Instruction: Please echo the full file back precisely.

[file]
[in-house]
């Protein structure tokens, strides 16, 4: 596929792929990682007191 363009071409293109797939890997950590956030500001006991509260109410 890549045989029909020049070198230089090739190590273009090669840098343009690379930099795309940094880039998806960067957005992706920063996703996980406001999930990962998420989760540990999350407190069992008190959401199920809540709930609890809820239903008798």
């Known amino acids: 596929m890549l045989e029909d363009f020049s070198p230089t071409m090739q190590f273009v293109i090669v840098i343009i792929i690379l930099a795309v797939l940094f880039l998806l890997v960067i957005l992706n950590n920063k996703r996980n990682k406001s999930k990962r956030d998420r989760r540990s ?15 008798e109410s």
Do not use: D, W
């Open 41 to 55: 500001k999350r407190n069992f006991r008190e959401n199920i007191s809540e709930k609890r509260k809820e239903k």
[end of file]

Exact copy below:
[in-house]
């Protein structure tokens, strides 16, 4: 596929792929990682007191 363009071409293109797939890997950590956030500001006991509260109410 890549045989029909020049070198230089090739190590273009090669840098343009690379930099795309940094880039998806960067957005992706920063996703996980406001999930990962998420989760540990999350407190069992008190959401199920809540709930609890809820239903008798």
């Known amino acids: 596929m890549l045989e029909d363009f020049s070198p230089t071409m090739q190590f273009v293109i090669v840098i343009i792929i690379l930099a795309v797939l940094f880039l998806l890997v960067i957005l992706n950590n920063k996703r996980n990682k406001s999930k990962r956030d998420r989760r540990s ?15 008798e109410s």
Do not use: D, W
């Open 41 to 55: 500001k999350r407190n069992f006991r008190e959401n199920i007191s809540e709930k609890r509260k809820e239903k």